Carl Panzram: Serial Killer as Monster

by Jay Robert Nash

Carl Panzram (AKA: Jeff Rhodes, John O'Leary) possessed an obsessive hatred for the human race that bordered on the maniacal. This loathing for himself and his fellow man was manifested in a lifetime of murder and mayhem. "I have no desire to reform myself," he said in his published autobiography. "My only desire is to reform people, who try to reform me. I believe that the only way to reform people is to kill them." This human monster was one of the worst criminals in American history.

Panzram was the son of immigrant Prussian farmers. He was born June 28, 1891 on a farm near Warren, Minnesota. His father deserted the family when Panzram was only a boy, leaving a tremendous burden on his over-taxed mother, who had precious little time to give her children. Without the nurturing family environment Carl fell into bad ways. In 1899, he was brought before the juvenile court on a drunk and disorderly charge. He was only eight.

This led to acts of petty thievery, which convinced the courts to send Panzram to the Minnesota State Training School in Red Wing. There, the discipline was rigid, if not sadistic. Carl toiled in workshops from dawn to dusk, and he was often beaten by cruel guards. On the night of July 7, 1905, he set fire to the school warehouse that housed winter blankets and clothing. "That night the whole place burned down at a cost of over $100,000," he later bragged. "Nice, eh?" Carl Panzram left the guilt to others.

A police photo of serial killer and thief, Carl Panzram, a bestial mur
A police photo of serial killer and thief, Carl Panzram, a bestial murderer, who admitted without regret to killing twenty-one persons. (image from the Jay Robert Nash Collection)

Released in January 1906, Panzram launched into his criminal career. On March 29, 1906, he hitched a ride on a west bound freight train at East Grand Forks, North Dakota. He committed a string of robberies and assaults before winding up in the Montana State Reformatory.

After receiving a discharge in 1910, Panzram went to Mexico to join the rebel leader Pascaul Orozco, who served under Venustiano Carranza. He witnessed the wholesale slaughter of prisoners by Orozco during the Mexican revolution, mass murders that conditioned him to his own future killings.

In 1912, Panzram left Mexico and went to California and the Pacific Northwest, where he committed various robberies, assaults, and acts of sodomy. Looking back on his gory career, he would recall with perverted pride: "I have murdered twenty-one human beings. I have committed thousands of burglaries, robberies, larcenies, arson, and last but not least I have committed sodomy on more than 1,000 male human beings."

Panzram was arrested in Chinook, Montana, on a burglary charge and sentenced to a year in the Montana State Prison. He escaped eight months later. Arrested a year later under the alias of "Jeff Rhoades," he was given a two-year sentence in the Montana State Prison on burglary charges, receiving his parole in 1914.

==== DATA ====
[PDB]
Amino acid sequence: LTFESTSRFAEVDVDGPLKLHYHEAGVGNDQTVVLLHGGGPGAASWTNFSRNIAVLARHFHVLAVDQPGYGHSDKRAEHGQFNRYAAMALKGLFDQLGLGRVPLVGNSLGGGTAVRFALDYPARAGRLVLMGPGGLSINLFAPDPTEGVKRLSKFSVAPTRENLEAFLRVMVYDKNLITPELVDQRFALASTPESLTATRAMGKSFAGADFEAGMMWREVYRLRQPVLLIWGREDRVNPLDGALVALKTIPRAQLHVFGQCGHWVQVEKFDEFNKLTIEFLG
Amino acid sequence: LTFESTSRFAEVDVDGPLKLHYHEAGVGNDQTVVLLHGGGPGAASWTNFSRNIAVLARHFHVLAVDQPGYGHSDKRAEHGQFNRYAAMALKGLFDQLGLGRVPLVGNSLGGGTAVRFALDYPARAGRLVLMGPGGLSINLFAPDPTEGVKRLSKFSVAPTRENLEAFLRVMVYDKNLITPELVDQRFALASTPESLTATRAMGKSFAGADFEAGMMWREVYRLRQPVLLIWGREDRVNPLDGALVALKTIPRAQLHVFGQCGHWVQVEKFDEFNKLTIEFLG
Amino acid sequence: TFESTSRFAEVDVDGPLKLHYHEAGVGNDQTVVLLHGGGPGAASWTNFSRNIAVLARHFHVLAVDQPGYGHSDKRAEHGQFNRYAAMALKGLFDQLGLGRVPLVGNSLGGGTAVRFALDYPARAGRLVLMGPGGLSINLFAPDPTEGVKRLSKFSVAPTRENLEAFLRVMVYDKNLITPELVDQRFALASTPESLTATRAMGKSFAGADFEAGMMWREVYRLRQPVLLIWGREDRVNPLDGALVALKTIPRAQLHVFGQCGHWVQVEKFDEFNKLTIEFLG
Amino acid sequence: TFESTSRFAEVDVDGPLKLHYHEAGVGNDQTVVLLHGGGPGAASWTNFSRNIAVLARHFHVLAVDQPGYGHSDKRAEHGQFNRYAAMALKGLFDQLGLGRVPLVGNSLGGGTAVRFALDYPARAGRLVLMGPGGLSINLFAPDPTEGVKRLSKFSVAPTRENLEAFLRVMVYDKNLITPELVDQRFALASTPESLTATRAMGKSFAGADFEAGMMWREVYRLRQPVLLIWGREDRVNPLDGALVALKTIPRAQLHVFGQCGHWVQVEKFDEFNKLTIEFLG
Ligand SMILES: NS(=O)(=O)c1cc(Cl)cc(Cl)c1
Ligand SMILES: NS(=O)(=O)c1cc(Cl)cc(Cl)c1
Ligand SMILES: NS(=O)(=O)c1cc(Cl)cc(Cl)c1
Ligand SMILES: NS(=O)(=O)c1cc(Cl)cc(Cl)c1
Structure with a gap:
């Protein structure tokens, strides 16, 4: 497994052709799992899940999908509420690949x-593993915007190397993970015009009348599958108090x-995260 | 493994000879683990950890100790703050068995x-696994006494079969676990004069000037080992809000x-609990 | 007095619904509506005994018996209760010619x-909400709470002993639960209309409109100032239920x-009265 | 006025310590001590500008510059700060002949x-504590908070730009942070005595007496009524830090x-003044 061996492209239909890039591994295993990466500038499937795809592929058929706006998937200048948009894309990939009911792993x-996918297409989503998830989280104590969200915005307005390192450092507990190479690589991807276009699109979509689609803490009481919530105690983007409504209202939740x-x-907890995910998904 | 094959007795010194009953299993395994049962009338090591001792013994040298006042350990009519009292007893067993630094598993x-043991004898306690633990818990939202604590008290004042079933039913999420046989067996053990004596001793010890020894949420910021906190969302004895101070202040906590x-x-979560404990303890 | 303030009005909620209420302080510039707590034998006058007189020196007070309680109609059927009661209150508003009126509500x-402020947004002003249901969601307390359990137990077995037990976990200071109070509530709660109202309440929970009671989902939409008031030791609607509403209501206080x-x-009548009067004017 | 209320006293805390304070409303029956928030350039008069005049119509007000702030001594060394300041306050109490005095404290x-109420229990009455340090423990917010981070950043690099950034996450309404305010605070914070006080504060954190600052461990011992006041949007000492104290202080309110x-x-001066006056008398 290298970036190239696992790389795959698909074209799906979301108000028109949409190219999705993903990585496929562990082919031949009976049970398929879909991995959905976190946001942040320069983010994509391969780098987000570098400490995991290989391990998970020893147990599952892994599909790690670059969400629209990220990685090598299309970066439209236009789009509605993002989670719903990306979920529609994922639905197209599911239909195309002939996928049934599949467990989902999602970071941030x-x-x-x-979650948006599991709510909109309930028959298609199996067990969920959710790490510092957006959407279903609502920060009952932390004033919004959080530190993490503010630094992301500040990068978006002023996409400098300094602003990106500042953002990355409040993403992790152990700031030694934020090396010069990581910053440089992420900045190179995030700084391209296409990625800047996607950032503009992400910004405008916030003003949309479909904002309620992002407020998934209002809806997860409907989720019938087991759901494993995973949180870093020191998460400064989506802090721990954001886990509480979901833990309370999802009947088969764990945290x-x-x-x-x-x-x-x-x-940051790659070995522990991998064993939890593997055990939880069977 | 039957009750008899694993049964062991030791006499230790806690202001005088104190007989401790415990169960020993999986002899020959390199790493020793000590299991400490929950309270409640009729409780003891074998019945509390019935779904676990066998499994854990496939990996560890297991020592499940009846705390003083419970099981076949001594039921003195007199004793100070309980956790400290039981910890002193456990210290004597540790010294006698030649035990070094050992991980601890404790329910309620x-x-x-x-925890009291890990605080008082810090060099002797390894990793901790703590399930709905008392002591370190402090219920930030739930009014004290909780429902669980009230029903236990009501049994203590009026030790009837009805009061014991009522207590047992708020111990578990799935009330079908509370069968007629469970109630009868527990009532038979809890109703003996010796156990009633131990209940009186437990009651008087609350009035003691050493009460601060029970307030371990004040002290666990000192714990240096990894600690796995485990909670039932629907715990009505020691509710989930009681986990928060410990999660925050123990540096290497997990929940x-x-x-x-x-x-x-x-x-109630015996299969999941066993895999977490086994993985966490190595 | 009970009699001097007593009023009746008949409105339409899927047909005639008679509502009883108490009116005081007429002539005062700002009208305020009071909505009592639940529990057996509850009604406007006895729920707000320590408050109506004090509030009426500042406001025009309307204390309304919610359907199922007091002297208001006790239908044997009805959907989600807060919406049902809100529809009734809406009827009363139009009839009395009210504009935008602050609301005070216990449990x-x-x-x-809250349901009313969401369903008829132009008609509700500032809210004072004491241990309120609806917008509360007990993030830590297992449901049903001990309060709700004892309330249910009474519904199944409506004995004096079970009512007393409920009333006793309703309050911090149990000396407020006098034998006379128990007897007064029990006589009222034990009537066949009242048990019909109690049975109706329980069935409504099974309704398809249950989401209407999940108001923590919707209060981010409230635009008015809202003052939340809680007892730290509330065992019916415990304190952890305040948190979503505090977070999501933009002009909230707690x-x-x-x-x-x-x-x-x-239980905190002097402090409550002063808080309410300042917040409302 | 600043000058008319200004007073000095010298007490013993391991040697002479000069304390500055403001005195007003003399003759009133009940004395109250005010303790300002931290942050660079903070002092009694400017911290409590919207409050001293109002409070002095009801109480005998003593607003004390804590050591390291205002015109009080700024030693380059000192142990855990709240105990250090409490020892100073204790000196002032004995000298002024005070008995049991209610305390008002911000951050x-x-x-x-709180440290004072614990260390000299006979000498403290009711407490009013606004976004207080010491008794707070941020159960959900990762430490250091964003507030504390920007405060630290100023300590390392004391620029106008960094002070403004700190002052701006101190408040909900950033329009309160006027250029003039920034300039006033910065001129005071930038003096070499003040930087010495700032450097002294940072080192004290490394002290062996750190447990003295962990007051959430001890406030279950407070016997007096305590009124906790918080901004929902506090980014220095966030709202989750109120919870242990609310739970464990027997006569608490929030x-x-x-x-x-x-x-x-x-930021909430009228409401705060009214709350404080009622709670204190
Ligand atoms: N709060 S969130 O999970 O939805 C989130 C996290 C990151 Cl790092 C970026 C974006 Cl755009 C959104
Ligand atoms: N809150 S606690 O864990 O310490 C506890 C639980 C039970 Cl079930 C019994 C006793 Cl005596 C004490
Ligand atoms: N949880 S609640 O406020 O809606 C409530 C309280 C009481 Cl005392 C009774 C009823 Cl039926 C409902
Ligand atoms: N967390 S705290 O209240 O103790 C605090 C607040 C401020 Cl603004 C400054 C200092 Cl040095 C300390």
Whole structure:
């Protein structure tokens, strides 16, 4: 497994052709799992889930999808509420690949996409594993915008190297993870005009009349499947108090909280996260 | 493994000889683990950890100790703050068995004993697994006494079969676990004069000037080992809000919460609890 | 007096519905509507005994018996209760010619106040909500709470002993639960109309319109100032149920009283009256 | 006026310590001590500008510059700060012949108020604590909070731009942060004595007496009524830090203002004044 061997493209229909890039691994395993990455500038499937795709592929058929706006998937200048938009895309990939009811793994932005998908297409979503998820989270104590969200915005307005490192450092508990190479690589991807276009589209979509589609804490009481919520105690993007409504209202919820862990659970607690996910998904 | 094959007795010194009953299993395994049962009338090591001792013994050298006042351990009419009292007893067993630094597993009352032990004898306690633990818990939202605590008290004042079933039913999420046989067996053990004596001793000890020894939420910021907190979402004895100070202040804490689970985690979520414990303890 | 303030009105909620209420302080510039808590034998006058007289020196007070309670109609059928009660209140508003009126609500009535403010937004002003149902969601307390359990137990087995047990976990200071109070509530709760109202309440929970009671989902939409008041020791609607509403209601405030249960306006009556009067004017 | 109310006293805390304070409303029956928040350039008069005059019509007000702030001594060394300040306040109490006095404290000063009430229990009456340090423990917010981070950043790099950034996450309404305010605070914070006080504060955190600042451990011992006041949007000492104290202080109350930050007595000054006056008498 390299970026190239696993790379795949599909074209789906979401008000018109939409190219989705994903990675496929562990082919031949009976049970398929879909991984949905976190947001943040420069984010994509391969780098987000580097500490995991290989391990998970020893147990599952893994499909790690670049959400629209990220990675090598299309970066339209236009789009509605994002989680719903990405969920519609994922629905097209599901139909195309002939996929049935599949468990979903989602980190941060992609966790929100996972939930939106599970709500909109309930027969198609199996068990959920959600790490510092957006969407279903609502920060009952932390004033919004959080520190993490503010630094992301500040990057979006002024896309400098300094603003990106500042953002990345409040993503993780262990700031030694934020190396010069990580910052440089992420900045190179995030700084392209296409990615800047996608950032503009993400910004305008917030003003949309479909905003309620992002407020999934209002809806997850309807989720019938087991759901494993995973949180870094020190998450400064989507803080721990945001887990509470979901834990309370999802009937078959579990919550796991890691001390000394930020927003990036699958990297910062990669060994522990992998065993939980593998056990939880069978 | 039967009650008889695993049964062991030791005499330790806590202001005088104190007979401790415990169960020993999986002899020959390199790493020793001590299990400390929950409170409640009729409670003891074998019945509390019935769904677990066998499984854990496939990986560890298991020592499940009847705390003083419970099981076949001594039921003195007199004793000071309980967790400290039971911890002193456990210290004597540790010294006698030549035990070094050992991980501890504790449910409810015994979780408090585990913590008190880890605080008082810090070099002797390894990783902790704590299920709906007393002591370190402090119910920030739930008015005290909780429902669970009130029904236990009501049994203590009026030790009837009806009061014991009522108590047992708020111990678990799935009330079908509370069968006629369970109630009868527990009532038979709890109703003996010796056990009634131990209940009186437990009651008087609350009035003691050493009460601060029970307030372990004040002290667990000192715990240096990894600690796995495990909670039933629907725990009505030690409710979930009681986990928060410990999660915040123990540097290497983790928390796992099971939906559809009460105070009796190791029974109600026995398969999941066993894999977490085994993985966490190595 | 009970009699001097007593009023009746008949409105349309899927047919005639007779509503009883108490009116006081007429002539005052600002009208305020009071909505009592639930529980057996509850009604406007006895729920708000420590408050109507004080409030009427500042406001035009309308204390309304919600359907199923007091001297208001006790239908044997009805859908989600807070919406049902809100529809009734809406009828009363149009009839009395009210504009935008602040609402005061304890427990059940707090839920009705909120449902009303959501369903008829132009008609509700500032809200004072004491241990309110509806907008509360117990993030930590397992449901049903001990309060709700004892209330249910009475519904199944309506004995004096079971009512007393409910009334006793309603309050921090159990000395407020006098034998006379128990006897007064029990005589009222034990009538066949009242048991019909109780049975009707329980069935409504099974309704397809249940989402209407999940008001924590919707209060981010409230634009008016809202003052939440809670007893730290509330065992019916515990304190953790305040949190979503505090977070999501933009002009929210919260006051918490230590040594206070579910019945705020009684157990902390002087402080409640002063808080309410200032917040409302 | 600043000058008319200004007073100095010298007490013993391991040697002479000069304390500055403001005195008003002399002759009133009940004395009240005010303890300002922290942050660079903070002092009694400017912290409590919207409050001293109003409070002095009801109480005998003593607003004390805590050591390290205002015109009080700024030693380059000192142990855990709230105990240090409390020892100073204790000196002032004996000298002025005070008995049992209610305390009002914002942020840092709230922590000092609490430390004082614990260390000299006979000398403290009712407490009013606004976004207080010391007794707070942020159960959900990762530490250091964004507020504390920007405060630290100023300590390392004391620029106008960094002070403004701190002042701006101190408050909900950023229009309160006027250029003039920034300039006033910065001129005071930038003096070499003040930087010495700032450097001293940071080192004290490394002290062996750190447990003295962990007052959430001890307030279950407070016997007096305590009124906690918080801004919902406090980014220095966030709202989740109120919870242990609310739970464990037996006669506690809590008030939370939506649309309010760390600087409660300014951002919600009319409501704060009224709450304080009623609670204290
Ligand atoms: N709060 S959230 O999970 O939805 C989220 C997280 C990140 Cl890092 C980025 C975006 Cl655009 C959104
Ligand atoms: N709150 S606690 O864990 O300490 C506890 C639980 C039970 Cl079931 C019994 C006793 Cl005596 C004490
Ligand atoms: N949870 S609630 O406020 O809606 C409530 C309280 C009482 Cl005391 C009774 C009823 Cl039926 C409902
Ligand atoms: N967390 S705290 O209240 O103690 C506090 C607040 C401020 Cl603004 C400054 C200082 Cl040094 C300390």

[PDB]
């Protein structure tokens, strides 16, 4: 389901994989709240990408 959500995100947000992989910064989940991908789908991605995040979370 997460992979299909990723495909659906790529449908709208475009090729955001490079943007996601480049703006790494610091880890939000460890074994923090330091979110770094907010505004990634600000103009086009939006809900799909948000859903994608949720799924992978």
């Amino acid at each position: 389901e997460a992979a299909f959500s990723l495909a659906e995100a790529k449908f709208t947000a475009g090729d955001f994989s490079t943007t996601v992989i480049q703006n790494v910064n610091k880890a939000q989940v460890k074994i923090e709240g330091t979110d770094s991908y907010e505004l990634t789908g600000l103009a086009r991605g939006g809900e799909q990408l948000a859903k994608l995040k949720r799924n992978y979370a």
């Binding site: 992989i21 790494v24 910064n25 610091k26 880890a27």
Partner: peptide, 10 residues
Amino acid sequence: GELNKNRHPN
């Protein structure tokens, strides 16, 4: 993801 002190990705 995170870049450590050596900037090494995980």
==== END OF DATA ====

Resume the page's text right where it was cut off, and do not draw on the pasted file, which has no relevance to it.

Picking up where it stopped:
With barely any time to enjoy his freedom, Panzram was arrested in Astoria, Oregon, on a burglary charge and imprisoned in the state prison at Salem for seven years. He constructed his own tools and hacked his way to freedom in May 1918. He then went to Chile as an oil worker, committing crimes in that country before returning to the U.S.

In 1920, Panzram burgled $40,000 in jewels and liberty bonds from the private residence of former president William Howard Taft in New Haven, Connecticut. With this windfall, Panzram purchased a small yacht under the name of "John O'Leary." He used this vessel for rum-running during the early days of Prohibition, but his darkest passion was for burglary. After killing his ten crew members ("so they could never identify me as a bootlegger"), he resumed his house-breaking.

In 1923, this one-man crime wave was arrested for attempted robbery and sentenced to five years in Sing Sing. The guards at this facility were unable to keep him in line. He was transferred to Clinton Prison in Dannemora, considered to be the end of the line for criminal hard cases.

Released in 1928, Panzram hit the Baltimore-Washington, D. C., area like a tornado, committing eleven burglaries and one murder. He was arrested by Washington, D. C. police on August 16, 1928. While in jail, Panzram wrote his autobiography and gave it to a sympathetic jailer, Henry Lesser. At his trial, Panzram glared at the jurors, chiding them with a deadly threat. "If I live, I'll execute some more of you!" Judge Walter McCoy sentenced the defendant to twenty-five years in Leavenworth. "Visit me!" Panzram shot back.

To the deputy warden at Leavenworth, Fred Zerbst, Panzram issued a grim warning: "I'll kill the first man who bothers me." The following year, on June 20, 1929, Panzram crushed the skull of Robert G. Warnke, killing him with an iron bar. Warnke, a civilian employee working at the prison, had turned in a bad report on Panzram.

Convicted of the Warnke murder, Panzram was sentenced to die on the gallows. When the Society for the Abolishment of Capital Punishment tried to intervene on his behalf, Panzram told them to forget it. Hanging, he said, would be a "real pleasure and a big relief," adding: "the only thanks you or your kind will ever get from me for your efforts on my behalf is that I wish you all had one neck and I had my hands on it...I believe the only way to reform people is to kill 'em...My motto is: `Rob 'em all, rape 'em all and kill 'em all!'"

His last epitaph was signed "Copper John II" in memory of a statue he had seen outside Auburn Prison in New York. Panzram, defiant to the end, was executed in Leavenworth on September 5, 1930. He died as the most unrepentant serial killer in history, cursing the hangman for taking too much time in executing him.